Designs shown in the following figures were built for „terrestrial“ communication. They offer a good sensitivity and output power measured in Watts, and the IF band was selected by their designers in 2-meter or 70-cm range, out of the main frequency segment to avoid interference if another station uses the close frequency. Another favorite IF band is 28-30 Mhz. Fig.204 shows the transverter by Jenda, OK1CJH, and Fig.205 a nicely made primary feeder with a choke collar for a 120 cm parabolic dish. The next transverter generation by Míla, OK1UFL, is shown in Fig.206. The circuitry utilizes ERA3 and ERA5 integrated circuits, the input amplifier is built with GaAs FETs from a satellite TV converter, and the final amplifier is by DB6NT. Operation over 8 bands also needs some limitations, so several QSOs can be made with a small „flat“ antenna from a phased-out professinal radio link.
Eda, OK1EM, has built already several transverters, one is shown in Fig.207. For „outdoor“ operation, the transverters were installed in weatherproof boxes of aluminum or plastic material. The one by Mirek, OK1DGI, must be really weatherproof, Fig.208a shows the open view of his design, Fig.208b then shows his transverter in a box, mounted on a pole. Fig.209 presents the OK1KKD base station with all microwave bands on shared poles.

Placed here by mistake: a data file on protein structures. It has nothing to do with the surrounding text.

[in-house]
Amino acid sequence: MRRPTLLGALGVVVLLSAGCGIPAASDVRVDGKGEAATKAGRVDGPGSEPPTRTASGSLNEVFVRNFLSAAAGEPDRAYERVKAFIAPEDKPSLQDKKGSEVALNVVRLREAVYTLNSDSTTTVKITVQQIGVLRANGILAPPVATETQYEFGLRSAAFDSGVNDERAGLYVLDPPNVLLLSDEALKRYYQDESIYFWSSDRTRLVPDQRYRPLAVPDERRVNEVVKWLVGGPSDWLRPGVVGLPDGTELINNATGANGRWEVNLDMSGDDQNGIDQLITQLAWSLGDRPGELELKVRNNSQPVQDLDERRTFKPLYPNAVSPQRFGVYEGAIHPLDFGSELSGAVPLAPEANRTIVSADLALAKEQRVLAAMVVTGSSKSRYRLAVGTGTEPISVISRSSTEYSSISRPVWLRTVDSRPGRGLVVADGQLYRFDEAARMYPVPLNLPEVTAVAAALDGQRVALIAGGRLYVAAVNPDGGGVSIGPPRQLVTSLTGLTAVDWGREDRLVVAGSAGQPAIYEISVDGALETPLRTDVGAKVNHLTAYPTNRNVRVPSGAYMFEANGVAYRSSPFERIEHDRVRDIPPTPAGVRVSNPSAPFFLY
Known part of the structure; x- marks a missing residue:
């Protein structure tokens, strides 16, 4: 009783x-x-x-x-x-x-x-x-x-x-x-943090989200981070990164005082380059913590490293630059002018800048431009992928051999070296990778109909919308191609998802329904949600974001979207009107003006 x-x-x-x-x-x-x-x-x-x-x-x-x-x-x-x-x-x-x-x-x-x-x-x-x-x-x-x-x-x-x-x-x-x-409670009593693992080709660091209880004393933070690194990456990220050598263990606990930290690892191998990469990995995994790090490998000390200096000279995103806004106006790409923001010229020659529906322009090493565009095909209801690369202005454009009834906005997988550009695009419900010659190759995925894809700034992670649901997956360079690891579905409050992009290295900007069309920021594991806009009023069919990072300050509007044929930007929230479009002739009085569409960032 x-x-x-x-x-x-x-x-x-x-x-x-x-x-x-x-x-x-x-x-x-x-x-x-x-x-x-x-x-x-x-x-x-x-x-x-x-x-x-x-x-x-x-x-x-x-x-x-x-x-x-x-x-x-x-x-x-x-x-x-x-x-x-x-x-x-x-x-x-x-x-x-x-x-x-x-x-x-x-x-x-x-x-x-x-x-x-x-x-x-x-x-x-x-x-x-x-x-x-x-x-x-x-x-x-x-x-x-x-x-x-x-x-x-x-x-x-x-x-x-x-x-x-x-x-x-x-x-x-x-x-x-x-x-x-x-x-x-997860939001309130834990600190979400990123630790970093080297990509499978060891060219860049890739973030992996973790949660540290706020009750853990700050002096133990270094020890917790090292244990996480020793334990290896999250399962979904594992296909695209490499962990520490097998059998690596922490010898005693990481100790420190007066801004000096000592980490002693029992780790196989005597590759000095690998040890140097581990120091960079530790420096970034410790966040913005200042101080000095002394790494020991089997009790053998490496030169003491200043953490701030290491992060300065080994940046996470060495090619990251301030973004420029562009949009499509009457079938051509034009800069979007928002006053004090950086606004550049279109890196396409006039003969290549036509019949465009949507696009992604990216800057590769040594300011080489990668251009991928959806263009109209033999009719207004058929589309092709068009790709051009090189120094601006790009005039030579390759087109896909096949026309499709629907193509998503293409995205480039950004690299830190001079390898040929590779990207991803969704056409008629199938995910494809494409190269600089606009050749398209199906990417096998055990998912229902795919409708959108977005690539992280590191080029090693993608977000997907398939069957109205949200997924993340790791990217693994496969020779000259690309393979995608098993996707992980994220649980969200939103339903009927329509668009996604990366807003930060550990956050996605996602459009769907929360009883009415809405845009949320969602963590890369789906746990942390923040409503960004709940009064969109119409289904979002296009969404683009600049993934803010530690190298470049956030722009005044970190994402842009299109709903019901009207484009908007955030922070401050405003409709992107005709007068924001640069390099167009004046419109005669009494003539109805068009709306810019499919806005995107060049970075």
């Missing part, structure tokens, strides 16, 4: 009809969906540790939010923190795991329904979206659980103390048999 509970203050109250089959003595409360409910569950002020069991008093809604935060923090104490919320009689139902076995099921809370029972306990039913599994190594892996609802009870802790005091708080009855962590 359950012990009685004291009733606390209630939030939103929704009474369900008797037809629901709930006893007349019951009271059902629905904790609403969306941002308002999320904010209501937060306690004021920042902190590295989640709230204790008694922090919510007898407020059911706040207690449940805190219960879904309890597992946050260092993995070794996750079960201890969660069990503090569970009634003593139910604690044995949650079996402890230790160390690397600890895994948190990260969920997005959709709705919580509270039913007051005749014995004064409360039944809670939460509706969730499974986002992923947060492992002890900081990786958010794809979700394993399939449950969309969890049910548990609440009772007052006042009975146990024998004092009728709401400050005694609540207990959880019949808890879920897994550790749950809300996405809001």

For more demanding users who cannot build such instruments, some components can be purchased from manufacturers. DB6NT and DL2AM are not alone now, their transverters, preamplifiers and power stages are being used by many stations around the globe. Even purchasing right transistors for a final stage including it PCB is often more expensive than buying a finished product, not mentioning „adrenaline“ feelings during first operations before we can attach the top over...

Fig.204 Transverter for 6-cm band by OK1CJH, top view on the final stage

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Fig.205 a, b Feeder for 6 cm, by OK1CJH, with the choke collar

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Fig.206 TCVR for 6 cm by OK1UFL

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Fig.207 a,b,c,d Transverter for 6 cm, by OK1EM

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Fig.208a 6-cm transverter by OK1DGI, a complete view of the system

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Fig.208b 6-c, transverter by OK1DGI, the covered system on a pole